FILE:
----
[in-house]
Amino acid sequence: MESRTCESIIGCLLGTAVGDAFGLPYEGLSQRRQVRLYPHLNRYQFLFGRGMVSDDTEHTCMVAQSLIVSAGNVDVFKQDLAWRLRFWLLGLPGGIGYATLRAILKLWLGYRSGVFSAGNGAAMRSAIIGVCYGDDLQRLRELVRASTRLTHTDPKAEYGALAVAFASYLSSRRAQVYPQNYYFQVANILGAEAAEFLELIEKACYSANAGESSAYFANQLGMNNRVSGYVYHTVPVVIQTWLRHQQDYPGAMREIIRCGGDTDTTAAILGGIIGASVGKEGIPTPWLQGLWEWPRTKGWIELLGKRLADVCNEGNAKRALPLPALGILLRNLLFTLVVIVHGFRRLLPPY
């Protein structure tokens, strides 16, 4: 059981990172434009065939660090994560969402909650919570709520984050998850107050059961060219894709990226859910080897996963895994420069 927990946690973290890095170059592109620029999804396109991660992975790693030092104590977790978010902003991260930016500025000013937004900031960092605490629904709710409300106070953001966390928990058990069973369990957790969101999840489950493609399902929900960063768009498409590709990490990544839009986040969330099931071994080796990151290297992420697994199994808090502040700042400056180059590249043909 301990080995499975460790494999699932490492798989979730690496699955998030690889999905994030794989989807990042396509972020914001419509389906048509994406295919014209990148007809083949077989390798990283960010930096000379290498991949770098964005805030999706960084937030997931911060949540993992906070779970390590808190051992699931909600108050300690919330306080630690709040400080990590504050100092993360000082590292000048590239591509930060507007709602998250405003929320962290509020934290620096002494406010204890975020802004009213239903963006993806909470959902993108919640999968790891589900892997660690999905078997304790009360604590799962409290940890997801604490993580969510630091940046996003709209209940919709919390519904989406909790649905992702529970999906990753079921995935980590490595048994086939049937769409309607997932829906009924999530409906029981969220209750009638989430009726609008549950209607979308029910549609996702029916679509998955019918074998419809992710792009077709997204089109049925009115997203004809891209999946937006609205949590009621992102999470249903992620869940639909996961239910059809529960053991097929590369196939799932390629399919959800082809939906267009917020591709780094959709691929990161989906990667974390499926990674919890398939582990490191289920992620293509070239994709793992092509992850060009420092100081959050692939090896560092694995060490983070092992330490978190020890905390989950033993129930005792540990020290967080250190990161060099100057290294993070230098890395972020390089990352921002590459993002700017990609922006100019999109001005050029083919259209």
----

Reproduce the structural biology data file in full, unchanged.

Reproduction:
[in-house]
Amino acid sequence: MESRTCESIIGCLLGTAVGDAFGLPYEGLSQRRQVRLYPHLNRYQFLFGRGMVSDDTEHTCMVAQSLIVSAGNVDVFKQDLAWRLRFWLLGLPGGIGYATLRAILKLWLGYRSGVFSAGNGAAMRSAIIGVCYGDDLQRLRELVRASTRLTHTDPKAEYGALAVAFASYLSSRRAQVYPQNYYFQVANILGAEAAEFLELIEKACYSANAGESSAYFANQLGMNNRVSGYVYHTVPVVIQTWLRHQQDYPGAMREIIRCGGDTDTTAAILGGIIGASVGKEGIPTPWLQGLWEWPRTKGWIELLGKRLADVCNEGNAKRALPLPALGILLRNLLFTLVVIVHGFRRLLPPY
């Protein structure tokens, strides 16, 4: 059981990172434009065939660090994560969402909650919570709520984050998850107050059961060219894709990226859910080897996963895994420069 927990946690973290890095170059592109620029999804396109991660992975790693030092104590977790978010902003991260930016500025000013937004900031960092605490629904709710409300106070953001966390928990058990069973369990957790969101999840489950493609399902929900960063768009498409590709990490990544839009986040969330099931071994080796990151290297992420697994199994808090502040700042400056180059590249043909 301990080995499975460790494999699932490492798989979730690496699955998030690889999905994030794989989807990042396509972020914001419509389906048509994406295919014209990148007809083949077989390798990283960010930096000379290498991949770098964005805030999706960084937030997931911060949540993992906070779970390590808190051992699931909600108050300690919330306080630690709040400080990590504050100092993360000082590292000048590239591509930060507007709602998250405003929320962290509020934290620096002494406010204890975020802004009213239903963006993806909470959902993108919640999968790891589900892997660690999905078997304790009360604590799962409290940890997801604490993580969510630091940046996003709209209940919709919390519904989406909790649905992702529970999906990753079921995935980590490595048994086939049937769409309607997932829906009924999530409906029981969220209750009638989430009726609008549950209607979308029910549609996702029916679509998955019918074998419809992710792009077709997204089109049925009115997203004809891209999946937006609205949590009621992102999470249903992620869940639909996961239910059809529960053991097929590369196939799932390629399919959800082809939906267009917020591709780094959709691929990161989906990667974390499926990674919890398939582990490191289920992620293509070239994709793992092509992850060009420092100081959050692939090896560092694995060490983070092992330490978190020890905390989950033993129930005792540990020290967080250190990161060099100057290294993070230098890395972020390089990352921002590459993002700017990609922006100019999109001005050029083919259209």